The new design also increased the bar’s occupancy from 10 to 24, with overflow seating provided by built-in high tops, community tables and deep-seated sofas. Large swivel bar stools sporting a rich walnut finish sit at a concrete quartz countertop, with back bar glass shelving that houses an extensive bourbon collection and built-in wine racks. Generously sized windows looking out to the golf course fill the room with natural light, helping to enhance the luster of the blue painted walls, pressed tin ceiling, leather and tweed fabrics and warm stained woods.
“The big picture windows have made a huge difference, as our members and guests are now treated to sweeping views of hole No. 18, the practice putting green, No. 10 tee and perhaps our greatest asset—the beautiful sunsets that are visible from almost every angle of the new clubhouse,” says Club President David R. Teddy.
Since the bar opened while the pandemic was still in full swing, the updated design lent itself well to social distancing. “In North Carolina, we were required to sit at 50 percent capacity,” says Darling, noting the benefits of the expanded layout and ample table space. “We also have a covered outdoor terrace adjacent to our bar area,” she adds. “Members were able to enjoy drinks and meals outdoors around the new firepits.”
The club has since broadened its wine offerings, bar specials and specialty bourbon collection in the revised digs. And with the addition of other social programs, F&B revenues have increased by 34 percent due in large part to the new bar.
With member usage on the rise and a direct uptick in private event programming, feedback about the new bar continues to propel the club forward. Member enthusiasm is so infectious, notes Teddy, it has carried over to the staff.
“I believe the new space has inspired a sense of pride in many of our long-time employees who have been with us through thick and thin,” he says. “I believe our hospitality team enjoys coming to work in the new space where a new heartbeat for our club is evident from the time we open, to the time we close.”
And as Cleveland Country Club gears up for its centennial celebration in 2027, members can rightfully raise a glass in their renovated digs—a place that Darling deems as “more than just a fixture; it is a place of community.”
Grabbing a Slice of Club Life
What was once an underutilized space at WeaverRidge Golf Club in Peoria, Ill., has since become a go-to hangout where golfers can grab a cold beer and some pizza, play a game of pool and practice their swing in the off season—all in one place. The aptly named Slice, which offers pizza, wings and other light fare in a sports-bar setting, opened in November 2021 and has since become a favorite spot for local golfers.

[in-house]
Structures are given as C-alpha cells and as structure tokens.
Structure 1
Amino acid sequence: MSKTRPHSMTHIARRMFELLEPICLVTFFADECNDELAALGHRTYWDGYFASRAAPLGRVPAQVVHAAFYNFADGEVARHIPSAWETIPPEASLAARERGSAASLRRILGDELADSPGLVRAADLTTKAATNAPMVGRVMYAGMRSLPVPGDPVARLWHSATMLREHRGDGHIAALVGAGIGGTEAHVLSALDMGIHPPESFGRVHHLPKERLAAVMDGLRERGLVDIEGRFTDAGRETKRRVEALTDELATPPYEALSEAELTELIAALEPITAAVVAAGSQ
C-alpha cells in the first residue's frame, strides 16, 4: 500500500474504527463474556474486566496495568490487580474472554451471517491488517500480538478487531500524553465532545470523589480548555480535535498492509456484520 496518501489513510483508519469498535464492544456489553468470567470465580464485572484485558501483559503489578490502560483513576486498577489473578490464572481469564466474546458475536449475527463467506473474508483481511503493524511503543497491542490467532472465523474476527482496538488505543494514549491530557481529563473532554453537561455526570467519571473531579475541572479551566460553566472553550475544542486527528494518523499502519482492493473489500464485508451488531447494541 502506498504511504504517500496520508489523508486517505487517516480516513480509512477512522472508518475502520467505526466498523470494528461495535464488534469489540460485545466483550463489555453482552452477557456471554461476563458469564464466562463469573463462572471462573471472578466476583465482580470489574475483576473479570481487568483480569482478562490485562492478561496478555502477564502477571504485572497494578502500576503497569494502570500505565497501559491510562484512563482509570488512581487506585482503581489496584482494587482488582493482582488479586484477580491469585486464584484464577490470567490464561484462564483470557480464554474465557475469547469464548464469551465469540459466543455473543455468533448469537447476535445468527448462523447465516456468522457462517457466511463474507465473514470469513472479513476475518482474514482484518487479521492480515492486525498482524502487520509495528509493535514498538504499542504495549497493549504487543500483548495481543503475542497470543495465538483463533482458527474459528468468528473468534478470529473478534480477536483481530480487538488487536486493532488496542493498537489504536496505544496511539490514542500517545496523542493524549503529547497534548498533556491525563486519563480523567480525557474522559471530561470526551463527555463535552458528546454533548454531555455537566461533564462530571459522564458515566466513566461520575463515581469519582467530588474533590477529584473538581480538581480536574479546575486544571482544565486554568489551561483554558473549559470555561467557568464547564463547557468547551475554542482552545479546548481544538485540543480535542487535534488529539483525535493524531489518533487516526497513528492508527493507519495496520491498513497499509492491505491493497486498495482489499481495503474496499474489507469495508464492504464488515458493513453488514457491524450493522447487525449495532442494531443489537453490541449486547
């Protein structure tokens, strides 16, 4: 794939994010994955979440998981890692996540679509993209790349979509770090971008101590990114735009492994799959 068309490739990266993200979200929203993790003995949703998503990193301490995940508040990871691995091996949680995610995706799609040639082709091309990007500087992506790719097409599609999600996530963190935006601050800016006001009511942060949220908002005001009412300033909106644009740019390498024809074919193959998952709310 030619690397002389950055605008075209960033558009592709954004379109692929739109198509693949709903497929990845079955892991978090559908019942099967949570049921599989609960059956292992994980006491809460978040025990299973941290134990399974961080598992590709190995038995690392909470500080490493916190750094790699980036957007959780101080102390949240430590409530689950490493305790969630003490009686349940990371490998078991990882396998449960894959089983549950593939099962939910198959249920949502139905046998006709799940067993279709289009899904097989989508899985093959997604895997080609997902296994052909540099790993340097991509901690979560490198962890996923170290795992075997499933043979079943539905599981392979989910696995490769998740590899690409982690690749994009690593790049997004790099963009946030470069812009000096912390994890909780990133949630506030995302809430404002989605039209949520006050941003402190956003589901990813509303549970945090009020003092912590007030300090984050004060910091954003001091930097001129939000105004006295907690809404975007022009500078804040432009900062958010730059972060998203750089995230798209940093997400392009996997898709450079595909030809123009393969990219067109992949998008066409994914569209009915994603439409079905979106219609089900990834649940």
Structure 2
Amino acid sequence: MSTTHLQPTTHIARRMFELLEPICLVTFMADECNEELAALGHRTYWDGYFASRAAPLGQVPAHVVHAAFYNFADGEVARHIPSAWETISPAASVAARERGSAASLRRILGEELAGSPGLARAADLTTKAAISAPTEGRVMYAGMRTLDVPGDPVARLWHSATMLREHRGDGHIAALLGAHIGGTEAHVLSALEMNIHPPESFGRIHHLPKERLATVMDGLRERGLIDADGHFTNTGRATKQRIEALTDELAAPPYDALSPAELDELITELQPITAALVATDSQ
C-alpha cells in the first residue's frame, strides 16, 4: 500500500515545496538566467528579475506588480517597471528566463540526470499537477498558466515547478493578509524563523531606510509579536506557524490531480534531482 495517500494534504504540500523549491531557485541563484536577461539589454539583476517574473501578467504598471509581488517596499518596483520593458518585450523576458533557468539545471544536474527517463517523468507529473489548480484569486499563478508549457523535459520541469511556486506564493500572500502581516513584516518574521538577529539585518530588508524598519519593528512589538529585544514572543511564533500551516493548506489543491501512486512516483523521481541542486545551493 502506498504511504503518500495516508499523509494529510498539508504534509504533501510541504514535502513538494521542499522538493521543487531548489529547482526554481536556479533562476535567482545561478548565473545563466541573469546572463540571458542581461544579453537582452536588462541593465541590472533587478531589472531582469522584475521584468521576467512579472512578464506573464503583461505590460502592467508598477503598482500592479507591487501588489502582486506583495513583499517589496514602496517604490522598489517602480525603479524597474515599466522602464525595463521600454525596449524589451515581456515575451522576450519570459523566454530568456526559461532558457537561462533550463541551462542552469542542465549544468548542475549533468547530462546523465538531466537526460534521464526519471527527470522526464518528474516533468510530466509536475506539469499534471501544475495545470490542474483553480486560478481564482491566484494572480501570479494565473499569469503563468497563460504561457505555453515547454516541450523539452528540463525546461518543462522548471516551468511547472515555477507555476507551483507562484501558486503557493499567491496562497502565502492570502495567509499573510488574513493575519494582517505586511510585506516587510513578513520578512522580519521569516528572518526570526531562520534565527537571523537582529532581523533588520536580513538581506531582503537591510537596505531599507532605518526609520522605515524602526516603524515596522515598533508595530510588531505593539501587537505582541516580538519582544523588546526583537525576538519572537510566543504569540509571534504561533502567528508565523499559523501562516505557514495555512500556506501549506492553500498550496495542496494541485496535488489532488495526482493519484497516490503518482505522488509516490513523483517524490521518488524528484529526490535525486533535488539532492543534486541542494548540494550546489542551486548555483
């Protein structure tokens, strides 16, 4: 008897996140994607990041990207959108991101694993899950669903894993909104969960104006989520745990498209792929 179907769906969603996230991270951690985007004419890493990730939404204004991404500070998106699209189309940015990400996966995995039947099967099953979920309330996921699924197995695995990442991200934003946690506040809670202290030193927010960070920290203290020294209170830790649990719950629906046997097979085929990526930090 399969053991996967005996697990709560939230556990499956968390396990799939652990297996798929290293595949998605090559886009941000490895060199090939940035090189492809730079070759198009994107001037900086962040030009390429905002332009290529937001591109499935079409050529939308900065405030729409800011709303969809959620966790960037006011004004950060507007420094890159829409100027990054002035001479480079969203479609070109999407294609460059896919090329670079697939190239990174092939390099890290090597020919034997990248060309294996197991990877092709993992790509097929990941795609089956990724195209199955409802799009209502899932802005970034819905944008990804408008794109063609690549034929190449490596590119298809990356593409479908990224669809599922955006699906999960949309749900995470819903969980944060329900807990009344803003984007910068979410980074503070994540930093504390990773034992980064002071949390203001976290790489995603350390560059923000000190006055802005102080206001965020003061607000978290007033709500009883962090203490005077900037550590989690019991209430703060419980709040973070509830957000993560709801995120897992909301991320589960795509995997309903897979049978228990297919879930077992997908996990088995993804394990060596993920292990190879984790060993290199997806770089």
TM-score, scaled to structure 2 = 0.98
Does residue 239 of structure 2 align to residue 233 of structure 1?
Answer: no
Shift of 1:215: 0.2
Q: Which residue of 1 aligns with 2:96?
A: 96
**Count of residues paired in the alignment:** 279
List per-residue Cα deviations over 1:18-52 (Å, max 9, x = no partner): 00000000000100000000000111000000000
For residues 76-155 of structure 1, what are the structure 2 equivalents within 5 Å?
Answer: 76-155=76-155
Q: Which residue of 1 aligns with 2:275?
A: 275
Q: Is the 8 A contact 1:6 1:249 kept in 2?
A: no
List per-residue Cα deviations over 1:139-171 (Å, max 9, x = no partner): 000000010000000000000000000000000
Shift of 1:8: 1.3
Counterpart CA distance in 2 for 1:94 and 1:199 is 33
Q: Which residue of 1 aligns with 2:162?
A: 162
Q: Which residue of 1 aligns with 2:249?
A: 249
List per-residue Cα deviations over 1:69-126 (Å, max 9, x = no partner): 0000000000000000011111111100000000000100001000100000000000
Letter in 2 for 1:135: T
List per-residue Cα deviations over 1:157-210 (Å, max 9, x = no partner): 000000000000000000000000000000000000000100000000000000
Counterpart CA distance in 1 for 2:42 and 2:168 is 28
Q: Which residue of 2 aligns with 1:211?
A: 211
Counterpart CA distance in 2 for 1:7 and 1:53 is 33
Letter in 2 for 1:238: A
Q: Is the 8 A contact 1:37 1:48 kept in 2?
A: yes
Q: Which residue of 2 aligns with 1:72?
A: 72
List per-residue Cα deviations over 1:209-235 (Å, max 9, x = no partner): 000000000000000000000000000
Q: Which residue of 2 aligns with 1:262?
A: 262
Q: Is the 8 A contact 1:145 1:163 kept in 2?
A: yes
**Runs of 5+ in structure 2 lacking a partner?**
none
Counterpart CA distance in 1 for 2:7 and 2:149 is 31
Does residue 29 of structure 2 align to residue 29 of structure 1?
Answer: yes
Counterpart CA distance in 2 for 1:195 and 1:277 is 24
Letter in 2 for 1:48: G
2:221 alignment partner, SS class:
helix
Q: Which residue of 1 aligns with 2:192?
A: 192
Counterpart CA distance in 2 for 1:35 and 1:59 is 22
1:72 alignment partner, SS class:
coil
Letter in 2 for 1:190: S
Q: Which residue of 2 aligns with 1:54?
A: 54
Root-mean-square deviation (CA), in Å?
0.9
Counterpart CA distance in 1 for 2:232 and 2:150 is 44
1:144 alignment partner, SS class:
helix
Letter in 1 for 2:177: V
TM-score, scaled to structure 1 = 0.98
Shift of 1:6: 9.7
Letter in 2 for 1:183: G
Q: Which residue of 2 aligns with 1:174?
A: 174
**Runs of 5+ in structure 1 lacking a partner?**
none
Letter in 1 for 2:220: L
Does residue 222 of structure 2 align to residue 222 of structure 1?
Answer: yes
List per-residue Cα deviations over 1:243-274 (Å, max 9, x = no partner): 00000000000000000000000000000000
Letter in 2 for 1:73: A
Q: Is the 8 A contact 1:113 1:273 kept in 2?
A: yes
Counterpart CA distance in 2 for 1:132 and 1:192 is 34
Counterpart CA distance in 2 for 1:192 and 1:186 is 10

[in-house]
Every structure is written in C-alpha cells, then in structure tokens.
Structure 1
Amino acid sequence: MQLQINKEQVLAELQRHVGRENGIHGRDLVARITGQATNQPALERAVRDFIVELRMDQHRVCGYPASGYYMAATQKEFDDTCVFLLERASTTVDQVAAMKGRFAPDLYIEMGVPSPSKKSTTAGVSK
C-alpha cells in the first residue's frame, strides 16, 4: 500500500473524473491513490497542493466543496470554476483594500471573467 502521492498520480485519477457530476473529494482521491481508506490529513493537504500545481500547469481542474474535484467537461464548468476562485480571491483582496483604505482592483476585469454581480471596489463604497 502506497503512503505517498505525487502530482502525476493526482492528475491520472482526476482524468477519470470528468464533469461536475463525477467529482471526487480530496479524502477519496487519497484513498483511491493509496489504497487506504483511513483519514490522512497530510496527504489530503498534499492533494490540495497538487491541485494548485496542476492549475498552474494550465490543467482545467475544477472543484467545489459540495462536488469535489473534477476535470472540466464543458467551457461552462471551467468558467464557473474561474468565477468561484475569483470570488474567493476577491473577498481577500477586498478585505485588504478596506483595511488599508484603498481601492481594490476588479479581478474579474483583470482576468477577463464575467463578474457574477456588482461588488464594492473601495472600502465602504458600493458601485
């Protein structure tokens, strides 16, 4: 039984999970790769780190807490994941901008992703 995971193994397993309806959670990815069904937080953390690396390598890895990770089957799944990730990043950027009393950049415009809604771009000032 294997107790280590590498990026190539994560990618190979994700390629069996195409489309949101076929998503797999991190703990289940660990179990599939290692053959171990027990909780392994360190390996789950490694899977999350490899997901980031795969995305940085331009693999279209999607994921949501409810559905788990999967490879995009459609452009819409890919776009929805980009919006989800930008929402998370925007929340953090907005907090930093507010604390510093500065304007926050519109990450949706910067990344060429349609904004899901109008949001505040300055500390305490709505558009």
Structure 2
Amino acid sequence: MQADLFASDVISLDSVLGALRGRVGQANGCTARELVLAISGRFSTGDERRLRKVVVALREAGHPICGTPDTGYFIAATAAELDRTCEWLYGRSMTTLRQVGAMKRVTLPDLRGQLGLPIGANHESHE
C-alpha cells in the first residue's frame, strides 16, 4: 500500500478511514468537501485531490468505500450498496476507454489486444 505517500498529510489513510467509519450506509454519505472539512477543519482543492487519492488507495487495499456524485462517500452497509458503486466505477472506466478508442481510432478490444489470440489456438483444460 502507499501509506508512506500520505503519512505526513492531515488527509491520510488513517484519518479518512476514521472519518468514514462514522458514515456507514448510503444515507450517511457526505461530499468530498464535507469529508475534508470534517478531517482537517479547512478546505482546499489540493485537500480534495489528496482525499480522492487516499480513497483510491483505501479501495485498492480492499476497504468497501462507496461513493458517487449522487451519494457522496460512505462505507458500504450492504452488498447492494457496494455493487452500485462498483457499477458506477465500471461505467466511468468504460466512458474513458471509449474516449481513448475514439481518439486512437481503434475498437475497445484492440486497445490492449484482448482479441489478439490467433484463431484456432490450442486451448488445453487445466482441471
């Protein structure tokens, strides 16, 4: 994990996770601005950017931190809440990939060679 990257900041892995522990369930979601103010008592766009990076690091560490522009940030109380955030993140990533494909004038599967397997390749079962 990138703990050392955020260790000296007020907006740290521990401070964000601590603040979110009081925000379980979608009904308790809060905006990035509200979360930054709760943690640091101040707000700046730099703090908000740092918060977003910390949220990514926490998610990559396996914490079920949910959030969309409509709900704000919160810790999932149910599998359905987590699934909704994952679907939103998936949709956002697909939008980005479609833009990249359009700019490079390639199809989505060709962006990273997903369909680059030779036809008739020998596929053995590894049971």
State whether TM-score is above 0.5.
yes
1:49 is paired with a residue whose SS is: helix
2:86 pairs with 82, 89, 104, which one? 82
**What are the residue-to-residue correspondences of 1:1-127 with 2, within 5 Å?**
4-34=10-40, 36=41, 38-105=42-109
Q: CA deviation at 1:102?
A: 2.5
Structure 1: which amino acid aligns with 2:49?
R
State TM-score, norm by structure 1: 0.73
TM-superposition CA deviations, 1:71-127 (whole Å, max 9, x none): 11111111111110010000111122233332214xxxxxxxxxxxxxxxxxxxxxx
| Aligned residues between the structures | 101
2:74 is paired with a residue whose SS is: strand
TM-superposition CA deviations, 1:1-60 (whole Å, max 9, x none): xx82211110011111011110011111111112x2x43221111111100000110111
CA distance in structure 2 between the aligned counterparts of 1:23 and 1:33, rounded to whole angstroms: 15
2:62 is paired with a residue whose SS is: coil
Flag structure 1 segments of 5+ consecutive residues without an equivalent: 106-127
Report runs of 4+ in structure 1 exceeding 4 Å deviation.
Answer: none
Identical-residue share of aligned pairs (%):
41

The casual eatery occupies a former ballroom that was primarily used for Sunday brunches and golf outing events. But, as General Manager Matt Rogers explains, once the pandemic took hold, the room sat virtually empty. “We were also looking at additional ways to raise revenue in the winter as our club is in a seasonal climate,” he says. “Our goal was to create a comfortable, laidback area for golfers to go after their rounds to have a cold beverage and be loud.”
While WeaverRidge did not employ a professional designer for this project, management orchestrated a series of changes to transform the ballroom. New waterproof flooring that can withstand heavy foot traffic—not to mention spilled beverages—was high on the agenda. A sound-proof ceiling helps to absorb noise coming from a secondary restaurant on the same clubhouse floor, as does the extra insulation in the walls separating the two restaurants.
To enhance Slice’s menu, the spot’s pub has been outfitted with two golf simulators, a pool table, dart board, shuffleboard and a gaming lounge. “It’s one of the largest in the Peoria area, allowing for extra space in between machines,” says Rogers of the gaming zone. During the pandemic, this additional real estate enabled social distancing.
Since its inception, Slice has created a strong revenue stream for WeaverRidge, especially in the off season. With very little overhead, the casual dining and rec spot has not only been a boon for regulars, but for neighbors as well. “One of our goals in creating Slice was to create offerings for our pass holders that were not available at the local private clubs,” notes Rogers. “We have now seen a large uptick in local private club members patronizing our club now.” C+RB